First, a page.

"We are not going to close," Thorn told the newspaper. "We will make sure all the people are able to see the shows they've paid for." Technical rehearsals for Seven Brides for Seven Brothers began Friday afternoon as planned. This past Monday officials announced they would have to close the 69-year-old theater, one of the Northeast's premier nonprofit theaters, lay off more than 100 employees and cancel a five-week performance of Seven Brides for Seven Brothers if they didn't raise $1.5 million by Friday.

By Wednesday more than $300,000 in donations had been pledged, which would have bought the theater only one more week of life.

In a plea for donations the Paper Mill explained; "As a not-for-profit theatre, we rely on the generosity of our patrons to help fund our seasons of compelling live theatre. Without your support, the stage would be dark, the orchestra silent, and the curtain would never rise. Paper Mill's ticket sales cover only 55% of the theatre's operating expenses, which means we must raise nearly $5 million each year to ensure that the shows you love are here to lighten your heart and enlighten your mind. " The Paper Mill Playhouse in Millburn was designated as the Official State Theater of New Jersey by Gov. William Cahill in 1972.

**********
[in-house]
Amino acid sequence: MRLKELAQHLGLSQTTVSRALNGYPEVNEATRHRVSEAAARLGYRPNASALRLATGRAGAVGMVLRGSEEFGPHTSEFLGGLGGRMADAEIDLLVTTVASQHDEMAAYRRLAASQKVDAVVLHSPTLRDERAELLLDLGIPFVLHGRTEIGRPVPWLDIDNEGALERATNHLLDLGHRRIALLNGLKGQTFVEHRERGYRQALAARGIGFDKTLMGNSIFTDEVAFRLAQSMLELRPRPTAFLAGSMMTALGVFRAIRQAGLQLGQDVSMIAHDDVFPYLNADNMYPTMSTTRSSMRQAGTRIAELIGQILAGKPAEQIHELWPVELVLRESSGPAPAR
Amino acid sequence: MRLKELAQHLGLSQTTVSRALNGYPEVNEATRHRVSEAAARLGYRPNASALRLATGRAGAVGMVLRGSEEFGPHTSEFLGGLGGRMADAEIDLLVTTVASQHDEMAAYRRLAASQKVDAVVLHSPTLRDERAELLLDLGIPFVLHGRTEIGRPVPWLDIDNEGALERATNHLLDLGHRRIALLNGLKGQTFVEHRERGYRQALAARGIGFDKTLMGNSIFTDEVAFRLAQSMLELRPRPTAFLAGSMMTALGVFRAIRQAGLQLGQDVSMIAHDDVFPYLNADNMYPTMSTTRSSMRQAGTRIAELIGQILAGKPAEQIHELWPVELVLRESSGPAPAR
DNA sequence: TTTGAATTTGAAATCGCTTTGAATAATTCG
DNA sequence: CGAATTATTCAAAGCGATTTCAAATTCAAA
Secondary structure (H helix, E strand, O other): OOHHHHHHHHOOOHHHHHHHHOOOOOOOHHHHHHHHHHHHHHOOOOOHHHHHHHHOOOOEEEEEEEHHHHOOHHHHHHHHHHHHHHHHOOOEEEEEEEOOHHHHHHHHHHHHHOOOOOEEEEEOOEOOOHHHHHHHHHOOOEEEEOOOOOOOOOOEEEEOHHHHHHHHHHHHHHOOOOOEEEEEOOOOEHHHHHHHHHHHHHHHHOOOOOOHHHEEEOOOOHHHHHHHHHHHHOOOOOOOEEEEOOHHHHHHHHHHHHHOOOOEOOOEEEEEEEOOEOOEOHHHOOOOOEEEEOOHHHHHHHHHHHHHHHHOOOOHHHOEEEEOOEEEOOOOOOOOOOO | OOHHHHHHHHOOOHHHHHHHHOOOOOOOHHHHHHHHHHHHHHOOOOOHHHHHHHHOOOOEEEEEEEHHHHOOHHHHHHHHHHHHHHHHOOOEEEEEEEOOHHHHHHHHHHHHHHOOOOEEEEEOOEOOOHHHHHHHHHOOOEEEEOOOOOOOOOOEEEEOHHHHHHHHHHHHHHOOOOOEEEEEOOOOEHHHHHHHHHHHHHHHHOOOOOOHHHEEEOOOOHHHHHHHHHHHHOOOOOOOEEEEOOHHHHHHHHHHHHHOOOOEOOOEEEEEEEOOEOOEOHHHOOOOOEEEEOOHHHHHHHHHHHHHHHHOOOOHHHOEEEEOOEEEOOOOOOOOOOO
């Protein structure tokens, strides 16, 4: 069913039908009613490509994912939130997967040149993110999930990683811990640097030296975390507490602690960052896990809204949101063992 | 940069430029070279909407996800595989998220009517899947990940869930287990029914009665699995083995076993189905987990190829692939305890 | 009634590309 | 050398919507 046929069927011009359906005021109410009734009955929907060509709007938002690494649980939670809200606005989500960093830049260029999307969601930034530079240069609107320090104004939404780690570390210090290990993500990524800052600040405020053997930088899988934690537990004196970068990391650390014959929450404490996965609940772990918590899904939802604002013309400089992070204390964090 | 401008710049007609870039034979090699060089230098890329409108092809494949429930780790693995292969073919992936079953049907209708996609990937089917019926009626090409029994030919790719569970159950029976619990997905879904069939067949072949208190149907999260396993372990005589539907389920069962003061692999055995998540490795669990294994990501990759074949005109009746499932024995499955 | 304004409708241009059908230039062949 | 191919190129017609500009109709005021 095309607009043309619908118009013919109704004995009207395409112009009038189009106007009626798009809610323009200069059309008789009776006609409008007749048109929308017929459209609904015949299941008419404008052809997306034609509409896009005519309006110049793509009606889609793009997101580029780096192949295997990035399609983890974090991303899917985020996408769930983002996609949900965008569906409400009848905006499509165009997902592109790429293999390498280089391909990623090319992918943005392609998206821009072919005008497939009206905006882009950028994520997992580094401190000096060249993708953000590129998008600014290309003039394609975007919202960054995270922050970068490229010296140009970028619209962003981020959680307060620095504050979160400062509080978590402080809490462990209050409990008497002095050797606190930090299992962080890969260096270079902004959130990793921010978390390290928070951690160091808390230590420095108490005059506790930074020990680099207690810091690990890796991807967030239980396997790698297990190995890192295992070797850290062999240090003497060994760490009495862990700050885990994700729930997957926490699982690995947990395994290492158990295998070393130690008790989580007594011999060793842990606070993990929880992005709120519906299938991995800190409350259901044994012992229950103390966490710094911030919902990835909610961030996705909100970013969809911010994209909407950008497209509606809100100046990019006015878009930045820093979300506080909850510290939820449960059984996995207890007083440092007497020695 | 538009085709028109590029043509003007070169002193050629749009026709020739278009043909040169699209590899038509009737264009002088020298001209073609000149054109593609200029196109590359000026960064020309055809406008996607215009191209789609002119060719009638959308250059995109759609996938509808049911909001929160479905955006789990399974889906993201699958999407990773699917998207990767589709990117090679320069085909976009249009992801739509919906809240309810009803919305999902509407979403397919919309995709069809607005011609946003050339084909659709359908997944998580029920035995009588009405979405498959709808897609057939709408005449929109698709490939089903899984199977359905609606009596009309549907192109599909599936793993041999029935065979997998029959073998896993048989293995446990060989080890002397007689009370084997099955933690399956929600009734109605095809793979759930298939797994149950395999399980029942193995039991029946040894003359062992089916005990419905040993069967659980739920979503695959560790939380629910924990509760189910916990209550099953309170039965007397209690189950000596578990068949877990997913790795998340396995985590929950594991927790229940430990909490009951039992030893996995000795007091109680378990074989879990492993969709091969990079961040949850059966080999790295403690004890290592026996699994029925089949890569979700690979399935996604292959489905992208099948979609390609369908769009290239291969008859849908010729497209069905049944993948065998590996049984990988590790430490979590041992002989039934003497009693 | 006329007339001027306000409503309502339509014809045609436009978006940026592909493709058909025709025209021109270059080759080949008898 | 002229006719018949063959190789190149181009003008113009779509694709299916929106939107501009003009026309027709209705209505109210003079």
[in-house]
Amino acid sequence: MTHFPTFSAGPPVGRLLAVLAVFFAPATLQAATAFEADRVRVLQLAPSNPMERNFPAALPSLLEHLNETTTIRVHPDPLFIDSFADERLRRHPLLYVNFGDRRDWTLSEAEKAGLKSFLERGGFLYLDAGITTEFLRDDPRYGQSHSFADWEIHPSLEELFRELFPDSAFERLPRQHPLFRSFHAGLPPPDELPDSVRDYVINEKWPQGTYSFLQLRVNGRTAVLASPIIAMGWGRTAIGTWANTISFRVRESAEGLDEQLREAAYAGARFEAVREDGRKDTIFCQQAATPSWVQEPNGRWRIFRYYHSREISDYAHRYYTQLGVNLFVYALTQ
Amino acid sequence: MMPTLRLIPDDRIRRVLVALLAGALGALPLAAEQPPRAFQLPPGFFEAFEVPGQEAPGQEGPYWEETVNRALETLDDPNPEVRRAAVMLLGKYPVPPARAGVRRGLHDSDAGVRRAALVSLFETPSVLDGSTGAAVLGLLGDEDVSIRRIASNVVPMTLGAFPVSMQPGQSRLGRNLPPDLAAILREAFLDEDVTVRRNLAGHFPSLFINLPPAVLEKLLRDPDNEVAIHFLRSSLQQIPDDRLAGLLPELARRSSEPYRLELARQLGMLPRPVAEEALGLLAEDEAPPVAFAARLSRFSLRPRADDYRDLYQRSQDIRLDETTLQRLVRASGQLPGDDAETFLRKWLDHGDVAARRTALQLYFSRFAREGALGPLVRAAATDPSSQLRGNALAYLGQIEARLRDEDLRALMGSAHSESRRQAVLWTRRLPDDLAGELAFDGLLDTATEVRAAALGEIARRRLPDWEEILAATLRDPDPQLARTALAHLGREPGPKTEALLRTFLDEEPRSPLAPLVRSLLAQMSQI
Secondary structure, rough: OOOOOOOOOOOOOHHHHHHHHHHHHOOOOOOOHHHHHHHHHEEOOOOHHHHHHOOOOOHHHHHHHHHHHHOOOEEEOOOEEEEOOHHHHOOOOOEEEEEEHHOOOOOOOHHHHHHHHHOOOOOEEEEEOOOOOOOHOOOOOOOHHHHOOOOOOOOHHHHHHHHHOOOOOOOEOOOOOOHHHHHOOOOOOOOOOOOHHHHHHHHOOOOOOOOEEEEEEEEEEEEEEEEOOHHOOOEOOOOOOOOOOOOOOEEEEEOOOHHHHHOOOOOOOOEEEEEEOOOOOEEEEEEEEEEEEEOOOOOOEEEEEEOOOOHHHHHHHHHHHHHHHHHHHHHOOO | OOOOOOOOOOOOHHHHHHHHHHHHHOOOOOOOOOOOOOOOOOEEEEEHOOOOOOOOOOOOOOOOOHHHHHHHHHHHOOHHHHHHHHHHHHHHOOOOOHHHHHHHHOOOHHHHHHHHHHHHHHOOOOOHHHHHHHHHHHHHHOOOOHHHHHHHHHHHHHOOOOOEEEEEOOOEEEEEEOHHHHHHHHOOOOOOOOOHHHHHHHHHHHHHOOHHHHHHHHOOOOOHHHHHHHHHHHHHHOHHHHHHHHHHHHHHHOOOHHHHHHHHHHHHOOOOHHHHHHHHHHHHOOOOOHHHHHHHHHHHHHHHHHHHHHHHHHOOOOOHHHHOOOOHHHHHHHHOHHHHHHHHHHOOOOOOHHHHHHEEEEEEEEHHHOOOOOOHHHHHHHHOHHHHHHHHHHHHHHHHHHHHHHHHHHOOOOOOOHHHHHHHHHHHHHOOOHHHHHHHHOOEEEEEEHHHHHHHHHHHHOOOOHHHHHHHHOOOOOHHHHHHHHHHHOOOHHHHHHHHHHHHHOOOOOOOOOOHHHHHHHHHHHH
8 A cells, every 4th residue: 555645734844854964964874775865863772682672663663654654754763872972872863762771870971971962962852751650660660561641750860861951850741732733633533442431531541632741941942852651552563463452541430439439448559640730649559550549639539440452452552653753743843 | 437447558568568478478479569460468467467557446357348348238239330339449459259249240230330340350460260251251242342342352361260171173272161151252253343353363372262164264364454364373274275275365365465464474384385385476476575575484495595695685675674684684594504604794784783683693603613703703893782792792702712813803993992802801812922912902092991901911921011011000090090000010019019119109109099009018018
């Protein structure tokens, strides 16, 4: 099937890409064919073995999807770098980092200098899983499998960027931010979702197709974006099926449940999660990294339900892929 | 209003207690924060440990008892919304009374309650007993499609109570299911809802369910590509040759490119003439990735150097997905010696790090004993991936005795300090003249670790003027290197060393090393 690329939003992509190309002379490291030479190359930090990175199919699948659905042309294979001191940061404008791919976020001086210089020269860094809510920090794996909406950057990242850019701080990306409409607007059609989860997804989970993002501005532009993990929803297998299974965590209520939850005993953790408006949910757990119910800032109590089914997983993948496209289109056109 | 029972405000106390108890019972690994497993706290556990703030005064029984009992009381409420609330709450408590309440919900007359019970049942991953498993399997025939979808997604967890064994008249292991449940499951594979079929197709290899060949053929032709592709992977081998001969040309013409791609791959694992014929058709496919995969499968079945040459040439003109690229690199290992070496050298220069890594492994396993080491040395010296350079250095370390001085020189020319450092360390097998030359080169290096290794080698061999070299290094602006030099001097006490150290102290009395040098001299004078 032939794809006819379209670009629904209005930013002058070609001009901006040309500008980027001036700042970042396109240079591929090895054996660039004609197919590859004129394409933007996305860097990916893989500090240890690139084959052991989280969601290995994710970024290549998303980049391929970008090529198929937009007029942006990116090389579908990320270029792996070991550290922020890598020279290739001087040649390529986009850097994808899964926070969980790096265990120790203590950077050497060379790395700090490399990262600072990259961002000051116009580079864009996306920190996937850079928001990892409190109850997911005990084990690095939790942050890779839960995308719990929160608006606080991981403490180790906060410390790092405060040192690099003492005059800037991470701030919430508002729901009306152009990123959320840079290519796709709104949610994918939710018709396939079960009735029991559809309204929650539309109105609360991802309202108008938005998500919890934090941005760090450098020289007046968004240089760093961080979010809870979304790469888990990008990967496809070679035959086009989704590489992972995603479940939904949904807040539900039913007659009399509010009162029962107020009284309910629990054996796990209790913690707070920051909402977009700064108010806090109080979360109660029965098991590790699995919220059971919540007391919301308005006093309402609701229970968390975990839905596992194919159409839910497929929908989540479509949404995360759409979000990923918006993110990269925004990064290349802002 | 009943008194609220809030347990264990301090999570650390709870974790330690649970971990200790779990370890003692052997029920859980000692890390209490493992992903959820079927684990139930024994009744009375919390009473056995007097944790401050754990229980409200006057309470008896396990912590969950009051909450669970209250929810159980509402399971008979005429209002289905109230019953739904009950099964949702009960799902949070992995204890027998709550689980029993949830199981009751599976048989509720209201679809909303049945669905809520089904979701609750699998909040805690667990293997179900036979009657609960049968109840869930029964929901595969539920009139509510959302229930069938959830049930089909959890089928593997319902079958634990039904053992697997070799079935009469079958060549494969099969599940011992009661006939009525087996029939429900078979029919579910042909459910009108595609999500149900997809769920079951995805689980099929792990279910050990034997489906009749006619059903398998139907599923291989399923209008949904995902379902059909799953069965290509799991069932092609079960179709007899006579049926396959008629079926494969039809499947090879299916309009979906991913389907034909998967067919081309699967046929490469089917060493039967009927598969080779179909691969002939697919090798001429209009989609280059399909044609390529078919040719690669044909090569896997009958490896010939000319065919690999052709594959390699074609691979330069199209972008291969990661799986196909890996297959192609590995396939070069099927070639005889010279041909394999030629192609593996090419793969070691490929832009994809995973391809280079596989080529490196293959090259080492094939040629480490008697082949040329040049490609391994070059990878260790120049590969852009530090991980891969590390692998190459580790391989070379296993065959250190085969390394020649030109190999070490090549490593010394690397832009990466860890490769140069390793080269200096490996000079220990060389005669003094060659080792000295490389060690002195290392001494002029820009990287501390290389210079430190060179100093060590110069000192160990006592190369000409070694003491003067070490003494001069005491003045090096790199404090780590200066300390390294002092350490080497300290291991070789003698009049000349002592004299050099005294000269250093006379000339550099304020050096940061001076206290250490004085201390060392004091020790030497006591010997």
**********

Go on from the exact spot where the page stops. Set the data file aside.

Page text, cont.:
Interior of the Paper Mill Playhouse
In preparing to mount Seven Brides for Seven Brothers the venue stated; "Paper Mill Playhouse thanks the New Jersey State Council on the Arts for including Seven Brides for Seven Brothers as part of the New Jersey American Masterpieces series, with the generous support of the National Endowment for the Arts' American Masterpieces initiative."

The theater had been conducting a capital campaign that would help offset its financial troubles, but that campaign fell apart after its president, former Steppenwolf Theatre executive Michael Gennaro, left in January. He altered rule number one - if it ain't broke don't fix it - attempting to change the theater's image by co-mingling new works with old favorites.

When he left Paper Mill in January 2007, the theater had lost 6,000 subscribers during his tenure-on a whole. The 40,000 subscribers the theater boasted in 1990 are now down to 19,500. The theater also suffered from lesser known shows that didn't sell well and fell short of its subscription ticket goal.

The Paper Mill pledged that if funding was obtained to keep the 1,200 seat venue open, the format would revert to what made it great in the first place - mounting lush musical-theater favorites.